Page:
Two years ago, Tampa Bay Buccaneers General Manager Mark Dominik and Head Coach Raheem Morris had a very serious discussion before ultimately sending their rookie quarterback,
It wasn’t an easy decision, because the Buccaneers had originally planned to let their potential franchise quarterback watch and learn from the sidelines for an entire season. But the Bucs were 0-6, headed for 0-7, and for weeks on the practice field Freeman had looked like a quarterback well beyond his age.
And so it was that London NFL fans, including a very large group of specific Buccaneer fans, got to be the first-hand witnesses to Freeman’s debut. Not only was he sent into that game for a four-pass cameo, but he hasn’t left the lineup since.
Freeman started the following week back in Tampa and led the Buccaneers to a memorable come-from-behind victory. That never-say-die comeback ability would quickly become the young passer’s trademark, which he put on display several times during a brilliant 2010 campaign. An opening-day starter for the first time, Freeman led the NFL’s youngest team to a 10-6 record and the cusp of the playoffs, tossing 25 touchdown passes against just six interceptions.
Freeman has won 16 of his last 24 starts and has Tampa Bay off to a 4-2 start in 2011. This time around, he’s at the forefront as the Bucs invade England, and he’s bringing with him a confident, if still quite young, bunch.
“That first year was a very trying year – a lot of new pieces, the first year for Raheem, first year for me, first year for a lot of guys,” said Freeman, fresh off his first practice at Pennyhill Park in Surrey on Wednesday. “We still have a young team but we have a lot of confidence about what we’re doing. When we go out, we feel like we can go out and win every game. That year was a rough year but we expect to go out and win now. We’ve got our foundation set and we’re looking good.”
Morris jokingly refers to Wembley stadium as the “birthplace” of Josh Freeman, and in a way it was the origination of his NFL career. When Freeman returns “home” on Sunday, he’ll see virtually all of the team’s offensive snaps, not just a handful in garbage time. And his Buccaneers will be seeking a much more serious goal than their first win of the season, as was the challenge at hand two years ago versus New England. The Bucs are tied for first place in the NFC South and know they need to avoid any stumbles in order to achieve their oft-stated goal of winning the division.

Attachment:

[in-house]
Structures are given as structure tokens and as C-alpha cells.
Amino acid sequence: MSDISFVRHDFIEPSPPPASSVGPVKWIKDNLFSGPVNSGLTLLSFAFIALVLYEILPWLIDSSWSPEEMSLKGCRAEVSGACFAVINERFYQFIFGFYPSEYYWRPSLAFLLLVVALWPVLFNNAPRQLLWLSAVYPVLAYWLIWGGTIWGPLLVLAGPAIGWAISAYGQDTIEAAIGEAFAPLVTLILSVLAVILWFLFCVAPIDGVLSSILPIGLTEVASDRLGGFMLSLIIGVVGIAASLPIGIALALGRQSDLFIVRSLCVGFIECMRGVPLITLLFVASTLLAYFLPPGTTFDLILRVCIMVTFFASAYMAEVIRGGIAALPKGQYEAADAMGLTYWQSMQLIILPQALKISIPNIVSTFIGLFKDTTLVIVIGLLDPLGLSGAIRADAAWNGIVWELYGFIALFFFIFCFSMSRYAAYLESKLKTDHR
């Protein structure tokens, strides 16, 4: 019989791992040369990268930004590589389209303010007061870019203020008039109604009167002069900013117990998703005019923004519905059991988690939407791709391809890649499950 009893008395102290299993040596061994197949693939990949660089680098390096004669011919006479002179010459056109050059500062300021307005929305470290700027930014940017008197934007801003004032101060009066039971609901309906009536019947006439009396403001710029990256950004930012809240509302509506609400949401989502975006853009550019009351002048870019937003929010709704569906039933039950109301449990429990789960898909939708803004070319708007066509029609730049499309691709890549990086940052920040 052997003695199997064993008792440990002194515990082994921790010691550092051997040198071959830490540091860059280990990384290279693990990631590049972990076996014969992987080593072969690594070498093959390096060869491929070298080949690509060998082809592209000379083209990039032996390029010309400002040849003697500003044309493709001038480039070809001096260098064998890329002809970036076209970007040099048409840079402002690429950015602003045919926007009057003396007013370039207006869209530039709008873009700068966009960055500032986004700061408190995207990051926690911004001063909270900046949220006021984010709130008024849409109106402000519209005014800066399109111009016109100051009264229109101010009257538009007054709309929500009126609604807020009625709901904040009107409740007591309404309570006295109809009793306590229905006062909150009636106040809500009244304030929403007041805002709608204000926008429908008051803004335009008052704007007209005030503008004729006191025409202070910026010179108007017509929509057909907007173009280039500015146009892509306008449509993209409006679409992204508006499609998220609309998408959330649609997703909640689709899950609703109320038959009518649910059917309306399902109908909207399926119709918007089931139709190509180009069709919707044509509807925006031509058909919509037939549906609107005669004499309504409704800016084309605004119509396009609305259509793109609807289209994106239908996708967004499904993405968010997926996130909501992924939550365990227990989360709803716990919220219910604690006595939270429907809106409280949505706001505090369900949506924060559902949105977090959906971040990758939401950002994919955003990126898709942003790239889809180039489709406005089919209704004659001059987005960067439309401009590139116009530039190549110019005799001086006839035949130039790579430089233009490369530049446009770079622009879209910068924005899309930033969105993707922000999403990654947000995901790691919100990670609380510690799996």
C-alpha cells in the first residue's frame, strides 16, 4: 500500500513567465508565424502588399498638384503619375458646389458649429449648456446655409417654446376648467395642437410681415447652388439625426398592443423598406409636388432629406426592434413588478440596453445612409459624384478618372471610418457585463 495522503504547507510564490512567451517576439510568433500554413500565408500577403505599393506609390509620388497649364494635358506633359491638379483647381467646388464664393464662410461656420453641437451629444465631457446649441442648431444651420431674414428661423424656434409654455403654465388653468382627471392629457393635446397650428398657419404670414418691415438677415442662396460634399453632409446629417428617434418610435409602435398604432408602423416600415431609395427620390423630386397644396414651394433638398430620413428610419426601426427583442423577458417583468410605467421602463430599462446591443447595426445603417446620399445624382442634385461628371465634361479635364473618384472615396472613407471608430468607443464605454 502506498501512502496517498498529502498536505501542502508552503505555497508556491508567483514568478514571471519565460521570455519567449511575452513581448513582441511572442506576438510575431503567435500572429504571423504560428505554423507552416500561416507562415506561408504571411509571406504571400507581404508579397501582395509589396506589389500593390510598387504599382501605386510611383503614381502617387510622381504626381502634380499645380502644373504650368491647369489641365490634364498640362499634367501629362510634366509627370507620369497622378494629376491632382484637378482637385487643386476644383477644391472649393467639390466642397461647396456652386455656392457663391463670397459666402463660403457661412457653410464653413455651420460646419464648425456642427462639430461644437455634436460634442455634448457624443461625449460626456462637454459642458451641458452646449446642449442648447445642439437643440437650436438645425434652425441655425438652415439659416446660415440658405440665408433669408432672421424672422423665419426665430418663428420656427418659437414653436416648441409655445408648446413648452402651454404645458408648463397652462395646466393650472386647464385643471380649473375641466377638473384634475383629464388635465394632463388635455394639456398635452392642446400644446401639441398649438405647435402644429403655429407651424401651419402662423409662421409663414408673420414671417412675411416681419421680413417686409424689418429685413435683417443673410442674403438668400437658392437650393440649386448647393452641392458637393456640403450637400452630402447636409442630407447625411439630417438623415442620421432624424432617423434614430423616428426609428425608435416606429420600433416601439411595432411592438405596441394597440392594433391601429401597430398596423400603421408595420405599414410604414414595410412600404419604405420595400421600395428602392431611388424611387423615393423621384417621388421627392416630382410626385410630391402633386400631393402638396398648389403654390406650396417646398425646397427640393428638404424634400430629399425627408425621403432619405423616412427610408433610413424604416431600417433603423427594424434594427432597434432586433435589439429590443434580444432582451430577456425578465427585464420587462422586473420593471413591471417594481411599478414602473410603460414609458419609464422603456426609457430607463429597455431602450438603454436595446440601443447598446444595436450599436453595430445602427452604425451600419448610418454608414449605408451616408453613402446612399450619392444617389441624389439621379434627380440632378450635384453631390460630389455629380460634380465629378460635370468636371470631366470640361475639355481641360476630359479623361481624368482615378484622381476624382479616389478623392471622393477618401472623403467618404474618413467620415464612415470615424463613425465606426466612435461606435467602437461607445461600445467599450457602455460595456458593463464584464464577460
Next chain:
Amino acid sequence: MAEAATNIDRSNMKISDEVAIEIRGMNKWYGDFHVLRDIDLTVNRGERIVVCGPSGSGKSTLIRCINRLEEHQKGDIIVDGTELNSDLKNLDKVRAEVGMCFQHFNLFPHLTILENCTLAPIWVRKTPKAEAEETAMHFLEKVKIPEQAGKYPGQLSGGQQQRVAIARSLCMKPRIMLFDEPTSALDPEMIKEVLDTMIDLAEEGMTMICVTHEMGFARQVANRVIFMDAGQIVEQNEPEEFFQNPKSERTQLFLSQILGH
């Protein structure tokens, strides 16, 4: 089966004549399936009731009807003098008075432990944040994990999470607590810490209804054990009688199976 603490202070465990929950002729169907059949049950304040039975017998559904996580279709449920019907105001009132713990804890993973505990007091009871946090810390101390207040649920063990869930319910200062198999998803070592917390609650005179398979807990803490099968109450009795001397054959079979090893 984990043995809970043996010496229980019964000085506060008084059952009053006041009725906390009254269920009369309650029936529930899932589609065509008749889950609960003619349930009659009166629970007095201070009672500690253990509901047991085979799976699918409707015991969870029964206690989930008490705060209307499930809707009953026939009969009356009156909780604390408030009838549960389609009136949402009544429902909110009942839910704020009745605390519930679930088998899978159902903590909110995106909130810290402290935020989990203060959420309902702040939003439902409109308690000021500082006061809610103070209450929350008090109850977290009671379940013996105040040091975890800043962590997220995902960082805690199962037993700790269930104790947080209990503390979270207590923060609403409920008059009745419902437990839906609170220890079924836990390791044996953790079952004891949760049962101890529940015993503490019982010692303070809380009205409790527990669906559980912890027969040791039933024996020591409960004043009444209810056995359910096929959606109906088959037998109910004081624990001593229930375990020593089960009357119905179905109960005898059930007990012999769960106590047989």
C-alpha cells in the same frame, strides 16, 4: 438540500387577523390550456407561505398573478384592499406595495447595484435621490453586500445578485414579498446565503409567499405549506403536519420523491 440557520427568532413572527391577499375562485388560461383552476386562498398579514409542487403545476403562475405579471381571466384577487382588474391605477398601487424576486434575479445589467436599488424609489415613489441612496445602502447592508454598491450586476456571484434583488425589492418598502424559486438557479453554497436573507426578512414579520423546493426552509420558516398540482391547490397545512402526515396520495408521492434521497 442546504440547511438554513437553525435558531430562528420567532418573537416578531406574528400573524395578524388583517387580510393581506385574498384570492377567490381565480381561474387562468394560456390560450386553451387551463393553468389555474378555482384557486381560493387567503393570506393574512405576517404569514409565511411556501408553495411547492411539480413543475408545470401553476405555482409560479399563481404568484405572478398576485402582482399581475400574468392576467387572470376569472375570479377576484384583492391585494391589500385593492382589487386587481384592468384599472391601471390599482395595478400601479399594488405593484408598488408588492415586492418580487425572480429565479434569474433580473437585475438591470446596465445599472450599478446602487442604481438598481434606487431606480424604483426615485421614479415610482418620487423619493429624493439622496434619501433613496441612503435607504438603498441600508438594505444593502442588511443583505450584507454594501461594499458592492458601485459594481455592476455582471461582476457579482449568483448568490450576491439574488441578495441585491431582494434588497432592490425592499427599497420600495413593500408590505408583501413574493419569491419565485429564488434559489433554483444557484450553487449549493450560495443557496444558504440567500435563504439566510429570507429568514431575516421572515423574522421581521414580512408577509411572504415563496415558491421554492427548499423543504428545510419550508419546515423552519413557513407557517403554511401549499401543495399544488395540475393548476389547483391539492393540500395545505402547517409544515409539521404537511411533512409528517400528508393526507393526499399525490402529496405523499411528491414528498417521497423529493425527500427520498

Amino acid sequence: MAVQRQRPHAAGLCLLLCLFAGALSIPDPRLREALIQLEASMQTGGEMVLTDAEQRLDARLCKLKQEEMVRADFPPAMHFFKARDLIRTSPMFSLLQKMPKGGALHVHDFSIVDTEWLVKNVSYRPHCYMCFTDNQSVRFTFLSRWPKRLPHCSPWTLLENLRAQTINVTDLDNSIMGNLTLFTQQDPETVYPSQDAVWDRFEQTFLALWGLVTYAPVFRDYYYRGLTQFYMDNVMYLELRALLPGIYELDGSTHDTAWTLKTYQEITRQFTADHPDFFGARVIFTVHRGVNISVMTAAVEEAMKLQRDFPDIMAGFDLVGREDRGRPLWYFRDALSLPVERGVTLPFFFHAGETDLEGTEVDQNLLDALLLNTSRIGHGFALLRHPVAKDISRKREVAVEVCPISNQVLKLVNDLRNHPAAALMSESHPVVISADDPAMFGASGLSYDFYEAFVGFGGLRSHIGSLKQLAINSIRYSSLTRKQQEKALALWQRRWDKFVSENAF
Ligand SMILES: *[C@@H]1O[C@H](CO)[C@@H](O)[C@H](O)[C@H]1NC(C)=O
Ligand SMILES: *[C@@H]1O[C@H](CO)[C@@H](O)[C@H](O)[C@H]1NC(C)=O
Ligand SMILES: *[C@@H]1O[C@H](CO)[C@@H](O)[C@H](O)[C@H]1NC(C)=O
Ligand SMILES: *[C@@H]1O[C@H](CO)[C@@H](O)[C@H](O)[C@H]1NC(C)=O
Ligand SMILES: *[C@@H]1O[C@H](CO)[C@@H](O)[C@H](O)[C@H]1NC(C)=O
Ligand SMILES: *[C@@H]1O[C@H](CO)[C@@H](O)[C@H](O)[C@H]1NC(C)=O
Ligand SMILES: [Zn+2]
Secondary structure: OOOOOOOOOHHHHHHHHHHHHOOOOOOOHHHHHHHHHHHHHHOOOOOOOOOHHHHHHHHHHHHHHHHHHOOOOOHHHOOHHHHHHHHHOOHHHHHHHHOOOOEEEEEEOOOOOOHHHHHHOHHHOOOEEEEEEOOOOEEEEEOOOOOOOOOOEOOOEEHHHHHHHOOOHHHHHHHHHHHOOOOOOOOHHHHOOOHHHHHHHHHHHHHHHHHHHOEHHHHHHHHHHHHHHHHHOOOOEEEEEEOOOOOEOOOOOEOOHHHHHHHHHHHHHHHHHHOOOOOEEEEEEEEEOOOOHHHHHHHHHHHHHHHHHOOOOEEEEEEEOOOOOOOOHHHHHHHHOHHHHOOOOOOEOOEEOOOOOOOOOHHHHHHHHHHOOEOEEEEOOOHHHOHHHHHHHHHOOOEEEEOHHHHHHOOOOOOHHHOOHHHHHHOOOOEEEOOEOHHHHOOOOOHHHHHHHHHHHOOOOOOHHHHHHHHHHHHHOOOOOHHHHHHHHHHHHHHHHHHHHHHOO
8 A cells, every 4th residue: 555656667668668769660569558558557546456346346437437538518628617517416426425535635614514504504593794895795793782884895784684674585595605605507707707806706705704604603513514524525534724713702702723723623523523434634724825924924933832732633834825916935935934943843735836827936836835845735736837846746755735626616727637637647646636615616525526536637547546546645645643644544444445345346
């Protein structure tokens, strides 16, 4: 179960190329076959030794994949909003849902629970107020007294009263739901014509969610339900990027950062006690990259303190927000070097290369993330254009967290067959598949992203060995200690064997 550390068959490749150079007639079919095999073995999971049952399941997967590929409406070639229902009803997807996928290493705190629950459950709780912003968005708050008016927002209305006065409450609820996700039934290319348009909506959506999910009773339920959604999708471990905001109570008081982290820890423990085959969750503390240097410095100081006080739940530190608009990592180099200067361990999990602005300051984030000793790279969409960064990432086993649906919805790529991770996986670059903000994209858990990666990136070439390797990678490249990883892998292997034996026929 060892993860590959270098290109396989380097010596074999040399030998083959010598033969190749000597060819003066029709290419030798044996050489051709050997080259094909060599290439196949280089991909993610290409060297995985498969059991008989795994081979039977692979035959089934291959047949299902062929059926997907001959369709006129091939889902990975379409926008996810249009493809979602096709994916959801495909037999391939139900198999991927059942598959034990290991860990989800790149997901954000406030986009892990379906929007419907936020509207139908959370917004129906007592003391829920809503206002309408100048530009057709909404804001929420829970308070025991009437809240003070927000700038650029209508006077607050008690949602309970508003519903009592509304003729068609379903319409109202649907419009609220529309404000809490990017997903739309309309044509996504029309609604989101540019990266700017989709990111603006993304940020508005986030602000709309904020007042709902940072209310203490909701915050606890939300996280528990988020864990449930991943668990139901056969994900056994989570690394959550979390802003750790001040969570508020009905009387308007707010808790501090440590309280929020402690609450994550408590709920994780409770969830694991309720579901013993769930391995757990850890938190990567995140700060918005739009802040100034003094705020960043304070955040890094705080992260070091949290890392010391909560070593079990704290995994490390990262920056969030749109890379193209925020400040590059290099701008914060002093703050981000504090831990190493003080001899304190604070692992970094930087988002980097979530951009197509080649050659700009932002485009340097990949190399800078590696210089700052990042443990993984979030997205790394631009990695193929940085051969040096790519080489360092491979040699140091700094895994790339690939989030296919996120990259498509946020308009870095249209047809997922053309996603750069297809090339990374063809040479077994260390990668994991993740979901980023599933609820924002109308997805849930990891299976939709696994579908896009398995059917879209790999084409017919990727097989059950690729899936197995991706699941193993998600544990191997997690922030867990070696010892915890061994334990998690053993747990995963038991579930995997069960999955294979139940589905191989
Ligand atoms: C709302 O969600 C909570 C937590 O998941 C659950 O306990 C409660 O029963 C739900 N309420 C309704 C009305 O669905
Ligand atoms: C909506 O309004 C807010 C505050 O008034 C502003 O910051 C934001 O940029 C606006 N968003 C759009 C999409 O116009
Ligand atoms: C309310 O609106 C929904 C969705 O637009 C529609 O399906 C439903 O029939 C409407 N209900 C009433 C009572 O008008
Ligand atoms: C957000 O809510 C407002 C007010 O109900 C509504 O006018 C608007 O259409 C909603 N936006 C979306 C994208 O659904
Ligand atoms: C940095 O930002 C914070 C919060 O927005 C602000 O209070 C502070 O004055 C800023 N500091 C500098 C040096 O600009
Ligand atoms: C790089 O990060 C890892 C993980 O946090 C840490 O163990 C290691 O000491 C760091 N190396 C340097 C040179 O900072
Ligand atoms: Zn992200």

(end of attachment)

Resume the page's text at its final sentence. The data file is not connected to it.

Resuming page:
“The London crowd, they’ll have a different quarterback out there,” said Morris. “They’ve got a different quarterback, they’ve got a different Buc team, and they’ve got a ‘Yungry’ football team that’s coming out ready to play. Hopefully these guys play fast, smart, hard and consistent like they have been all season. We’re 4-2, we’ve got a tough challenge coming in in the Chicago Bears and we look forward to it being a great one.”
Morris inadvertently created the term ‘Yungry’ during a press conference earlier this year, combining the words young and hungry. It was quickly adopted by the team as an unofficial slogan and was even emblazoned on a hat that Morris wears on occasion. The Buccaneers are once again the youngest team in the National Football League in 2011, but they consider that a positive, particularly as the wins keep piling up. On Wednesday, he took the time to explain the term to a press conference crowd made up largely of English media.
“It’s a young and hungry football team,” said Morris. “We keep drafting people and getting better. We keep adding to this young, talented roster that Mark Dominik and his staff have been able to put together. That’s what ‘Yungry’s’ about – this young, talented, hard-working football team.”
The Bucs have added a good percentage of their most important pieces since their last trip to Wembley. The defensive line has been completely rebuilt with such young stars-in-the-making as
“Josh Freeman’s our starting quarterback, so some of the questions we may have had the first time we came out here, we’ve got some of those answers,” said Morris. “By no means are we a finished product. We won’t be a finished product until we reach our ultimate goal, and that game’s being played in Indy this year.”
Meanwhile, the Buccaneers remain impressively focused on their immediate goals, which is surprising for such an inexperienced team. Or at least, it’s surprising if one is not aware of the impressive maturity and leadership of its young quarterback. Freeman enjoyed seeing his first NFL action at Wembley two years ago, but he’s single-minded about what will make this year’s trip a success.
“The only goal of this trip – though a lot of guys yesterday went to see some sights and have some down time – is to win the football game,” said Freeman. “The goal is to be 5-2 on the flight back home. We just plan on going in and executing our game plan. That’s all you can do, prepare during the week, go in, know your plan front and back, then go out and do your best to execute and get a win.”
Morris already leans on his 23-year-old passer as a player he can count on to get the rest of the team pointed in the right direction. Freeman’s leadership has been priceless, for instance, after a tough loss, as he demonstrated once again in the week between a 48-3 defeat in San Francisco and a rousing 26-20 win over New Orleans. Now Morris is happy to be showing that young leader off to a much wider audience, and for a whole game, not just the closing minutes of the fourth quarter.
“We’re a young football team,” said. “This is a great opportunity to put our players in the bright lights, let our players get into a Super Bowl-type atmosphere.”